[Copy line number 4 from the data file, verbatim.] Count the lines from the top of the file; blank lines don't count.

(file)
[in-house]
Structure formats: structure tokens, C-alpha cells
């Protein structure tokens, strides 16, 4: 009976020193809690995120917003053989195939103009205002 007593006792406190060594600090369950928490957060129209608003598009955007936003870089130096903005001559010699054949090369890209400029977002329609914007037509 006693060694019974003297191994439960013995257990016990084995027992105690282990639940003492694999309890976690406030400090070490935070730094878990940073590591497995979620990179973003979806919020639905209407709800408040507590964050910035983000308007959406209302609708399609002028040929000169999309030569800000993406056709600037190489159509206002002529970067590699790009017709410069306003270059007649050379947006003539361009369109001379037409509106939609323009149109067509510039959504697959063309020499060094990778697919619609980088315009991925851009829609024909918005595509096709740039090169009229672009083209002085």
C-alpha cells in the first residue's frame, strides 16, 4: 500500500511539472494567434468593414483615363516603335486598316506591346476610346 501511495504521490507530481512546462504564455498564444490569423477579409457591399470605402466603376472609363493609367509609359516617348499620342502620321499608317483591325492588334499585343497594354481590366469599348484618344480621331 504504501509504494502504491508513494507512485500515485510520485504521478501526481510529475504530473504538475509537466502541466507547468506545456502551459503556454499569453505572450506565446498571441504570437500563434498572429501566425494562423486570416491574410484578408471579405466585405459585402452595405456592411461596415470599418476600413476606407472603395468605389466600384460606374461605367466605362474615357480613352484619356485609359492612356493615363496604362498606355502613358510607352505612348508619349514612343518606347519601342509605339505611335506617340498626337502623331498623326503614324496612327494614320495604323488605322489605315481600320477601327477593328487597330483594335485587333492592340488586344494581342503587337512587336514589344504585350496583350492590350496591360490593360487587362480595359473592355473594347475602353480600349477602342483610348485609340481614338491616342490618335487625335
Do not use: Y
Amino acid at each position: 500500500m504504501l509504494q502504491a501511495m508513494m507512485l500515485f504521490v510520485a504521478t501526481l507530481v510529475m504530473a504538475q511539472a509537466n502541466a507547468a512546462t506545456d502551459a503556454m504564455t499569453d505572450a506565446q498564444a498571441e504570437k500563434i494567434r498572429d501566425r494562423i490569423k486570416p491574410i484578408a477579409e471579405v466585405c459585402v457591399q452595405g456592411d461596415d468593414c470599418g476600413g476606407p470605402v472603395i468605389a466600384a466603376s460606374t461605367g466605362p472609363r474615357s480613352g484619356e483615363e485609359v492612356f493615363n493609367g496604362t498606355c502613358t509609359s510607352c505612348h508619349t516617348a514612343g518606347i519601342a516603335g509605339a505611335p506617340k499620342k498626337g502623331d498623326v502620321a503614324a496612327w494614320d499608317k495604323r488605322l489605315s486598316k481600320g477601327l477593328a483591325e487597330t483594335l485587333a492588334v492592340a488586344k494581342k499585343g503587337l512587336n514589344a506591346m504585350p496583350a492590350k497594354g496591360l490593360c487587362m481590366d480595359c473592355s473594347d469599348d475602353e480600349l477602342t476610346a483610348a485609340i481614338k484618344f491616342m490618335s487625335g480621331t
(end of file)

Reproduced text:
C-alpha cells in the first residue's frame, strides 16, 4: 500500500511539472494567434468593414483615363516603335486598316506591346476610346 501511495504521490507530481512546462504564455498564444490569423477579409457591399470605402466603376472609363493609367509609359516617348499620342502620321499608317483591325492588334499585343497594354481590366469599348484618344480621331 504504501509504494502504491508513494507512485500515485510520485504521478501526481510529475504530473504538475509537466502541466507547468506545456502551459503556454499569453505572450506565446498571441504570437500563434498572429501566425494562423486570416491574410484578408471579405466585405459585402452595405456592411461596415470599418476600413476606407472603395468605389466600384460606374461605367466605362474615357480613352484619356485609359492612356493615363496604362498606355502613358510607352505612348508619349514612343518606347519601342509605339505611335506617340498626337502623331498623326503614324496612327494614320495604323488605322489605315481600320477601327477593328487597330483594335485587333492592340488586344494581342503587337512587336514589344504585350496583350492590350496591360490593360487587362480595359473592355473594347475602353480600349477602342483610348485609340481614338491616342490618335487625335